Determine the size of your desired enclosure

Then, measure your pallets to figure out how to lay them out to fit your space.

Keep in mind that you may need to cut a pallet in half to make it fit your area like we had to.

Determine what size opening will work best for you for your gate. We used an opening of 32″ — consider the possibility of moving large items in and out of the fenced area.

Building a chicken run from recycled pallets.

Depending on how technical you want to be, square up the “fence line” using a string and level.

The grade of your land will determine the level of your fence-line.

We dug out and added dirt as needed at each pallet to accomplish our level fence.

Your hens will have more space to roam. They'll be so happy.

Connect the dots

Now that you have laid out the pallets, it’s time to fasten them together.

We connected the first pallet to a 4″ x 4″ off of our existing chicken run, then secured a second pallet in place by butting it right up to the first.

Choose your screws  according to the thickness of the two pallets together. Drill screws into multiple places of the pallet (top, middle, bottom) to secure them together.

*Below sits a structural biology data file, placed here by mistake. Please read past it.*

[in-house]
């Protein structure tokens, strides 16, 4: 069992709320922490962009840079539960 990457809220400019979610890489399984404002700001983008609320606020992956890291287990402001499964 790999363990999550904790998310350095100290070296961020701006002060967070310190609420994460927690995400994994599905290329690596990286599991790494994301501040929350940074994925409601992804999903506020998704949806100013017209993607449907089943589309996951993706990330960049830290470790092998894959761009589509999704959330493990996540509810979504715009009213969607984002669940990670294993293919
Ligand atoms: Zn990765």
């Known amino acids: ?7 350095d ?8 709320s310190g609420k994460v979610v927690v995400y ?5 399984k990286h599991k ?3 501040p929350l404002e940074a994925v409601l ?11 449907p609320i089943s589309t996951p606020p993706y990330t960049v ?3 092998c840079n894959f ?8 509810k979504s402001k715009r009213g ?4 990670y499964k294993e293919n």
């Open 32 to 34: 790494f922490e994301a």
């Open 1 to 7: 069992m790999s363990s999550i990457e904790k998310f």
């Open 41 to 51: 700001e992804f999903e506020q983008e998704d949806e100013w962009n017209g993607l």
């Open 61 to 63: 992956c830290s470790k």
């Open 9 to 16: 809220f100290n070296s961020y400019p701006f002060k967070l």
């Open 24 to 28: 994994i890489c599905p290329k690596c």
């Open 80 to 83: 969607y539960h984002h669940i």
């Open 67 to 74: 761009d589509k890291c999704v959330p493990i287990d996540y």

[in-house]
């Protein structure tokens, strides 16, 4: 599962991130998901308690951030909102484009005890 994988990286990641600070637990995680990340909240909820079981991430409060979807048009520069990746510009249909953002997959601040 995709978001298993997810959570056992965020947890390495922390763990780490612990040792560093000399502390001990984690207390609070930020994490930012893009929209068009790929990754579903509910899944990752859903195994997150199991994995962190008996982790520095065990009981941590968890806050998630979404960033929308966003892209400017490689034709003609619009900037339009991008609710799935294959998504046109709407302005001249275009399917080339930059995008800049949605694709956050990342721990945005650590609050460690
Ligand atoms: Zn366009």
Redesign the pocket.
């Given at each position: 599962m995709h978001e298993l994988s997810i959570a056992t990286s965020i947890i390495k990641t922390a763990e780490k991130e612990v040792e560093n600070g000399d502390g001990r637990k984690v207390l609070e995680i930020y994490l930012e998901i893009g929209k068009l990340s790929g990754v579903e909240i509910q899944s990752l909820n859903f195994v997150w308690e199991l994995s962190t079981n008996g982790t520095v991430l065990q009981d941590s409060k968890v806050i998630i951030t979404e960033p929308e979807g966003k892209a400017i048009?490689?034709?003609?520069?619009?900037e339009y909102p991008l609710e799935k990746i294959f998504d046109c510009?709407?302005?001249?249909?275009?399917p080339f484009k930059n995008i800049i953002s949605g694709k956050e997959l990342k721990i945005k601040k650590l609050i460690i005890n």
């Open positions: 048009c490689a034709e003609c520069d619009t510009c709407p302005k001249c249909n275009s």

Recycle pallets to create a free chicken run to give your hens more space to roam.

I would not use more than two pallets without adding a 4″ x 4″ securely in the ground to ensure your structure has adequate stability.

Use a post hole digger to make a 12″ deep hole for the 4″ x 4″.

Pack soil around the base of the post with the end of a shovel so it’s nice and stable. Screw the post and the pallet together.

Recycle pallets to create a free chicken run to give your hens more space to roam.Repeat, adding two pallets then a post until you’ve completely enclosed your area.

Right now we have a make-shift PVC gate (basically a frame made of PVC pipe with plywood screwed to it) but we’ll eventually make a framed gate.

Improving pallet chicken coop run